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March 2011 Pit Stop

Posted in Features on March 1, 2011
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As I write this, the sounds of wide-open motorcycle engines echo through the cardboard-thin walls of my Ensenada motel room. Every 15 to 20 seconds, I hear another one pass by. Outside, the 43rd annual Tecate SCORE Baja 1000 has just begun. I'm finishing up the last of my writing responsibilities for the March issue, and I have a little less than one hour until I need to be headed down the peninsula towards La Paz. I am chasing the 1,060-mile, point-to-point race that many refer to as the granddaddy of all off-road motorsports events.

This is the first personal editorial column I've ever been asked to produce. Granted, I've only been at this job for eight years now. My procrastination to write this comes from my opinion about editorial columns. You see, I have always thought columns were reserved for the higher ups-a way of keeping a clear divide between the worker bees and the bossman.

However, times have changed. Like many businesses, our team is adapting to a new way of doing things. Chalk it up however you want, but today's commercial atmosphere is about as tough as the Baja landscape. The print magazine business is no exception. Today's economic circumstances require new techniques and strategies to stay competitive and ahead of the competition. We decided to add a more personal touch to Four Wheeler to give you, the reader, a better connection to the guys who produce this book each month.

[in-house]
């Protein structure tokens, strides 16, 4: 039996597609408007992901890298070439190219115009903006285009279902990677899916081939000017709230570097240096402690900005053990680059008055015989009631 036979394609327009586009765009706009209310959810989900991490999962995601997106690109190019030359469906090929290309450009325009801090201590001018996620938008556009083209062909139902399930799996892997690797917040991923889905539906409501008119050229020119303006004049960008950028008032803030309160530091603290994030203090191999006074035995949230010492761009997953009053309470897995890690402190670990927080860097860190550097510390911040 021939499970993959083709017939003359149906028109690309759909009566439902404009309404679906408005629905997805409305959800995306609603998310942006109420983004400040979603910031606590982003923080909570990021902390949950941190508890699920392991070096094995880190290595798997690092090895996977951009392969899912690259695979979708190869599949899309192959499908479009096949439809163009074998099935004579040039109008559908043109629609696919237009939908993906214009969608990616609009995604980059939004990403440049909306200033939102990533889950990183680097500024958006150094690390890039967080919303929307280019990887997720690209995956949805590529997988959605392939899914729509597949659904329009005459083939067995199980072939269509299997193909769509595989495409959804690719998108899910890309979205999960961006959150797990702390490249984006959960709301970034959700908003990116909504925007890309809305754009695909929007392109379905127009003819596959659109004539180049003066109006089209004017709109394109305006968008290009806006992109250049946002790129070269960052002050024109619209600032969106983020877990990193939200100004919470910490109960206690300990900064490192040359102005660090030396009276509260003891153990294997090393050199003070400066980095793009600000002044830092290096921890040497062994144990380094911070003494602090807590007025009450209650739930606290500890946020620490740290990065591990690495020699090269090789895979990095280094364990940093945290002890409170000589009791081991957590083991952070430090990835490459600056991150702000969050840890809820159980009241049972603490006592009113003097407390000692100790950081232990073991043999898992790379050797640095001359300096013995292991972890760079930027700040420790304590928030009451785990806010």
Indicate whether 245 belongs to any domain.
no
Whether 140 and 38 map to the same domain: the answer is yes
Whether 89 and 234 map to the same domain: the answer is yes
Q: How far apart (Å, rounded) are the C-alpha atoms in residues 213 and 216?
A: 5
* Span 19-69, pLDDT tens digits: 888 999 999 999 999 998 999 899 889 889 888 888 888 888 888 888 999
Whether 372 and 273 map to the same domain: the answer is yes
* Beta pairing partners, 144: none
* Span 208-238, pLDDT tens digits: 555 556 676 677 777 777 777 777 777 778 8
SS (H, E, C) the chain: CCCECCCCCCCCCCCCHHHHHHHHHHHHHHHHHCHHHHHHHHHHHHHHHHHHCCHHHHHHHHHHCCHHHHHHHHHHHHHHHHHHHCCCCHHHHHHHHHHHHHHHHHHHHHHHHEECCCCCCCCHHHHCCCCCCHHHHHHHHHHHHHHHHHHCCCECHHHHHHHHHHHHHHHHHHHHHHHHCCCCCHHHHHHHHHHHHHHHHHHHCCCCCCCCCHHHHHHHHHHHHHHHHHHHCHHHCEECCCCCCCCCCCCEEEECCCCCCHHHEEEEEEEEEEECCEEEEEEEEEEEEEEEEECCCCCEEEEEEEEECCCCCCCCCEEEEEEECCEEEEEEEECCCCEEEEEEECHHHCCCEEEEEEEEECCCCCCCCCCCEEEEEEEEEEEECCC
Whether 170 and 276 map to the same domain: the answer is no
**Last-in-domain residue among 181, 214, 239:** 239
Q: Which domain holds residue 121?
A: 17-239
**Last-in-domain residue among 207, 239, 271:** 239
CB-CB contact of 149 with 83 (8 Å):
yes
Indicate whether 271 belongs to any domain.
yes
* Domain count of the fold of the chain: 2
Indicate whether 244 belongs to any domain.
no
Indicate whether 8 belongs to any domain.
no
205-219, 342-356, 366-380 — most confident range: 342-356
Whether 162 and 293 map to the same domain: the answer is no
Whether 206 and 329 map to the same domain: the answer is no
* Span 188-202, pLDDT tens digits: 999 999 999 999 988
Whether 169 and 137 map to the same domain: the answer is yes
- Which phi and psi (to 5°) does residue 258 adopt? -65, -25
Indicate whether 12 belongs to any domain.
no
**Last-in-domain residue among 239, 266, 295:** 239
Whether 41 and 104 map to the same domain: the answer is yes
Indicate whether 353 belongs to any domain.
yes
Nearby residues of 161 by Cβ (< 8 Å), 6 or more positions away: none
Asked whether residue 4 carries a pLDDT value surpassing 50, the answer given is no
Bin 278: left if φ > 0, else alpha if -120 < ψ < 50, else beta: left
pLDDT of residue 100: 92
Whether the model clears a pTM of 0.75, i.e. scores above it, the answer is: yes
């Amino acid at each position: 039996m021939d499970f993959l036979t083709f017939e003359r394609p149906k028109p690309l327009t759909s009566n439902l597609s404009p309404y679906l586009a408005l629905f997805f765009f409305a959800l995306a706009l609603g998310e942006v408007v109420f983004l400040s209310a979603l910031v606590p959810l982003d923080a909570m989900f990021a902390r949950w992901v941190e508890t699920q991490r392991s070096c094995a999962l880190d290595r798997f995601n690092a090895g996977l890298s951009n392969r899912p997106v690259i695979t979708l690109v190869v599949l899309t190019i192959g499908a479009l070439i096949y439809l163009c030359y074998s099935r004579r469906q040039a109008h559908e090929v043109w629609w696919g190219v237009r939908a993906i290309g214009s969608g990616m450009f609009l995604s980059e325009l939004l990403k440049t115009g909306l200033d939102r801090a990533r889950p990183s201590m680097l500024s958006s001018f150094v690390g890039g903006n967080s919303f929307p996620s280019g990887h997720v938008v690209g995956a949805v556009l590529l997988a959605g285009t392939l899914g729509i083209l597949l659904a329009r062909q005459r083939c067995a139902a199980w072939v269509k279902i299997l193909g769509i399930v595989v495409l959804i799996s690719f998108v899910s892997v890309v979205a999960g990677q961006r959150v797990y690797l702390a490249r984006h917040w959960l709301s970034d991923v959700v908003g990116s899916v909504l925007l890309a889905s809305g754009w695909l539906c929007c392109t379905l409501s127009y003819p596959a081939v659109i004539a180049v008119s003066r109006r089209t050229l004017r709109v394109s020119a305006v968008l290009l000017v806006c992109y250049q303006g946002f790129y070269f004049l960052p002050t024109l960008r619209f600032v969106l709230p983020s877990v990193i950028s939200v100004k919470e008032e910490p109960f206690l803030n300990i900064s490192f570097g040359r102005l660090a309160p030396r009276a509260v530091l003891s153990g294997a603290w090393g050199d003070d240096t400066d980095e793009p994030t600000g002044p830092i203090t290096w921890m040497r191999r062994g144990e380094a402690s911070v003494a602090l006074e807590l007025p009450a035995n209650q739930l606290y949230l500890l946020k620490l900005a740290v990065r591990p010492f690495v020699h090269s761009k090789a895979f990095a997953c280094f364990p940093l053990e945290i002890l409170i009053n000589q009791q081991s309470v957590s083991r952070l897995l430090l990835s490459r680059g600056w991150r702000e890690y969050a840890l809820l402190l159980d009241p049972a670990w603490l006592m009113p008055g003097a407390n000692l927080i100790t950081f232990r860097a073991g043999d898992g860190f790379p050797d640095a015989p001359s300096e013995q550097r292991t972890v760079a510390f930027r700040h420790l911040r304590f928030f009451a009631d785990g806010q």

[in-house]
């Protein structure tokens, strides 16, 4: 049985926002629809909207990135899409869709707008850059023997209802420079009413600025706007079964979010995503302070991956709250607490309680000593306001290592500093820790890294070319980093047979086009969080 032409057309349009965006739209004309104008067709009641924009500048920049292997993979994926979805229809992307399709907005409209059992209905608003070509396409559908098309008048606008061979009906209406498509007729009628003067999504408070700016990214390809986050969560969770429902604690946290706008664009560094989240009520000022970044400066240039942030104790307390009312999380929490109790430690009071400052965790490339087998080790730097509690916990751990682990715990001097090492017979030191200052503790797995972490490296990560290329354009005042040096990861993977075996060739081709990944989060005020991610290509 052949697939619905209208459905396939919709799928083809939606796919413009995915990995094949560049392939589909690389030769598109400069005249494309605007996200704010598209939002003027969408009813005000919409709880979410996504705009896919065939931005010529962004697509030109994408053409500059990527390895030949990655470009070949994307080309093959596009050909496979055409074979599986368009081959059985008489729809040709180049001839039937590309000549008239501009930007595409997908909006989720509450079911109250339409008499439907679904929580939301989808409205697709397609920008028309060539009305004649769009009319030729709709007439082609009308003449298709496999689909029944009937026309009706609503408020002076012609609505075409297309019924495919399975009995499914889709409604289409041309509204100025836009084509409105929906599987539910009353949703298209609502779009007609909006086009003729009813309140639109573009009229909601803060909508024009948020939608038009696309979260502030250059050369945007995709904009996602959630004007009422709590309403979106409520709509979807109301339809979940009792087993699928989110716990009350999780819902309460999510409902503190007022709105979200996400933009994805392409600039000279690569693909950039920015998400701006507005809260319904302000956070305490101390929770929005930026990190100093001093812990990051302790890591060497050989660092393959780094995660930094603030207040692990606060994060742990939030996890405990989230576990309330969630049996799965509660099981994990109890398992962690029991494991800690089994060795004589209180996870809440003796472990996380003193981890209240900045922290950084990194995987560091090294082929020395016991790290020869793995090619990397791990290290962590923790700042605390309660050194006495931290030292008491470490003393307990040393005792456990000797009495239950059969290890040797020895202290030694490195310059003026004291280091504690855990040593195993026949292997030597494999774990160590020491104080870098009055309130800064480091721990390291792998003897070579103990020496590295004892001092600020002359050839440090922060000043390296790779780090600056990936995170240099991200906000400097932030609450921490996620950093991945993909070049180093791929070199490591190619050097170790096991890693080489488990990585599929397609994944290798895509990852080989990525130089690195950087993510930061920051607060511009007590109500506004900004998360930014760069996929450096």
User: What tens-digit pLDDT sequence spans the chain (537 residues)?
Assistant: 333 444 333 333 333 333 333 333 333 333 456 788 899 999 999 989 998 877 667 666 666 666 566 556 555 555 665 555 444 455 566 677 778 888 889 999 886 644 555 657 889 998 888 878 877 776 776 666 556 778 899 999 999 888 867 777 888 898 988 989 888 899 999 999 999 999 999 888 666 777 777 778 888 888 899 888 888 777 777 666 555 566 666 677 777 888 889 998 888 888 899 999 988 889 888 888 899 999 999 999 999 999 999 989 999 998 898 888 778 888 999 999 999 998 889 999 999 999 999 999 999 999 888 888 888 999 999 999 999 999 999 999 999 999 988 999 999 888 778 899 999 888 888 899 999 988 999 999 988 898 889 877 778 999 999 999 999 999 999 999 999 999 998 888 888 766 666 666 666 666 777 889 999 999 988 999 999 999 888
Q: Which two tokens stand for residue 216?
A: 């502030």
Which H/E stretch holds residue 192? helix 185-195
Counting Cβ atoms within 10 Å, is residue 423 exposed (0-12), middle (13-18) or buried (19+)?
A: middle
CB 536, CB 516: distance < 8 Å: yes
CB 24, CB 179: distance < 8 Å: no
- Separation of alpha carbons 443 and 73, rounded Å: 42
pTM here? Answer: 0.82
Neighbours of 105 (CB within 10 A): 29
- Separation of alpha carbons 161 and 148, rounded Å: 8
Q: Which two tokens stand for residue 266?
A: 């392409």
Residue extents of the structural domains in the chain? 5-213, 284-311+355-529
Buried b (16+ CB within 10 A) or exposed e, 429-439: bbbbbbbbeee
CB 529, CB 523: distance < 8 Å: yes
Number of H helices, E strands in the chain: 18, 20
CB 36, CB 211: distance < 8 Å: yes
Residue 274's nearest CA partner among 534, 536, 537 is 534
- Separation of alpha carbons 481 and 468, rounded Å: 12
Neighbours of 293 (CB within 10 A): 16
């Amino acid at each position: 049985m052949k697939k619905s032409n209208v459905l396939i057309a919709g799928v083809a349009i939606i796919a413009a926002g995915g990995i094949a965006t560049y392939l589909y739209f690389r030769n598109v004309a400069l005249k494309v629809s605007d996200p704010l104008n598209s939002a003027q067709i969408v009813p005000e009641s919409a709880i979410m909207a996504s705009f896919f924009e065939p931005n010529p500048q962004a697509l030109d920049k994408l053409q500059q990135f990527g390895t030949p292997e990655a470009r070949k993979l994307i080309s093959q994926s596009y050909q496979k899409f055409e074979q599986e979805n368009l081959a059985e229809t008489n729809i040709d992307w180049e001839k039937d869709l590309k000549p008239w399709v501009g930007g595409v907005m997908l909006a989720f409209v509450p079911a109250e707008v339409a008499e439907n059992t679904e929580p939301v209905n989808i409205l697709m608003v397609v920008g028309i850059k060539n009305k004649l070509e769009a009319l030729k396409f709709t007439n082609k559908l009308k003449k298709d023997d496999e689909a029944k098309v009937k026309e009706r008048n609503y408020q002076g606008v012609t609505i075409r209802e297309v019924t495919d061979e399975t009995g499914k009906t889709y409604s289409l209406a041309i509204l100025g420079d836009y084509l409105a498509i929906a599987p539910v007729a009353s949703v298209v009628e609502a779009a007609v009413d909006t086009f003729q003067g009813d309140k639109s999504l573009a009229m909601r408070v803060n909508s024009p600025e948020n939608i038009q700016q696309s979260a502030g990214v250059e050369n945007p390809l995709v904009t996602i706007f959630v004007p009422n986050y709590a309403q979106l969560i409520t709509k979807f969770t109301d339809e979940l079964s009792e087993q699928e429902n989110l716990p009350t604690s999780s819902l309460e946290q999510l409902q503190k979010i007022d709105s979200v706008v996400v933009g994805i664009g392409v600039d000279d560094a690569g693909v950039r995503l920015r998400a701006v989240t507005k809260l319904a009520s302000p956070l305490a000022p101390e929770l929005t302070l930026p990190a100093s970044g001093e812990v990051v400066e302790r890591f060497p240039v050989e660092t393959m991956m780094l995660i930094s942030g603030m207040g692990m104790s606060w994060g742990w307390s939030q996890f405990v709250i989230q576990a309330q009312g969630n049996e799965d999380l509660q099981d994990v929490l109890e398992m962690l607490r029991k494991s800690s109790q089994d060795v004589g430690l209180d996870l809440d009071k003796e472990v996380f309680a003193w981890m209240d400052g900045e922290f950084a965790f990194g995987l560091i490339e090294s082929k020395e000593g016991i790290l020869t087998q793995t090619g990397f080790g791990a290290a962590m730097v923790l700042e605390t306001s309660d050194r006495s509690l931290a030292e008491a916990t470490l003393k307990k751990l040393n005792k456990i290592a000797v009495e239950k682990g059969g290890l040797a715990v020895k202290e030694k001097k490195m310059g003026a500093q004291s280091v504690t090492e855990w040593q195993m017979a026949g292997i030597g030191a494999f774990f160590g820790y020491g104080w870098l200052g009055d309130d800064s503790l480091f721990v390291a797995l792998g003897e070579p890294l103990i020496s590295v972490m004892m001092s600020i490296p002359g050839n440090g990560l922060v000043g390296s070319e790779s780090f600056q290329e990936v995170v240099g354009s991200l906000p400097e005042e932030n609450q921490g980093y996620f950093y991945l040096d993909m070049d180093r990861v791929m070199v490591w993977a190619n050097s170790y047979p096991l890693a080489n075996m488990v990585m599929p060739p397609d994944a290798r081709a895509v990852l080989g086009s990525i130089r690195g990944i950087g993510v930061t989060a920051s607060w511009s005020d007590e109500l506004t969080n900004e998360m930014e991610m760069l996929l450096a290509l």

We hope it works.

You see, I'm a die-hard. I'll ride this rollercoaster until the track is missing and the wheels fall off. I love my job, and couldn't picture myself doing anything else. Just like the commitment I made to the race team I'm chasing for in Baja, I'm committed to bringing you the best 4x4 industry content I can find. I live, eat, and breathe four-wheel drive, and with no family or house payment obligations tying me down, I get around more than most editors in our group. I guess you could just call me a 4x4 junkie with a major corporate sponsor helping to spread my knowledge.

And speaking of knowledge, I feel compelled to touch on a subject that I think we all need to take into consideration more often. America is struggling because we're losing our once-vibrant middle class-specifically, those hundreds of thousands of American workers who once were employed in the manufacturing segment of our economy. During my 33 years, I have witnessed the middle class steadily shrink. This is due to many factors, such as trade practices that have enabled American companies to relocate their manufacturing overseas. I'm not happy to say it, but our country's economy is broken right now. I believe that the only way we are going to fix it is by spooling up the production of American-made goods. So I leave you with one request: Do not contribute to the delinquency of America.

Put your money into goods that originate on our soil. If you buy American, Americans will work.
-ROBIN STOVER

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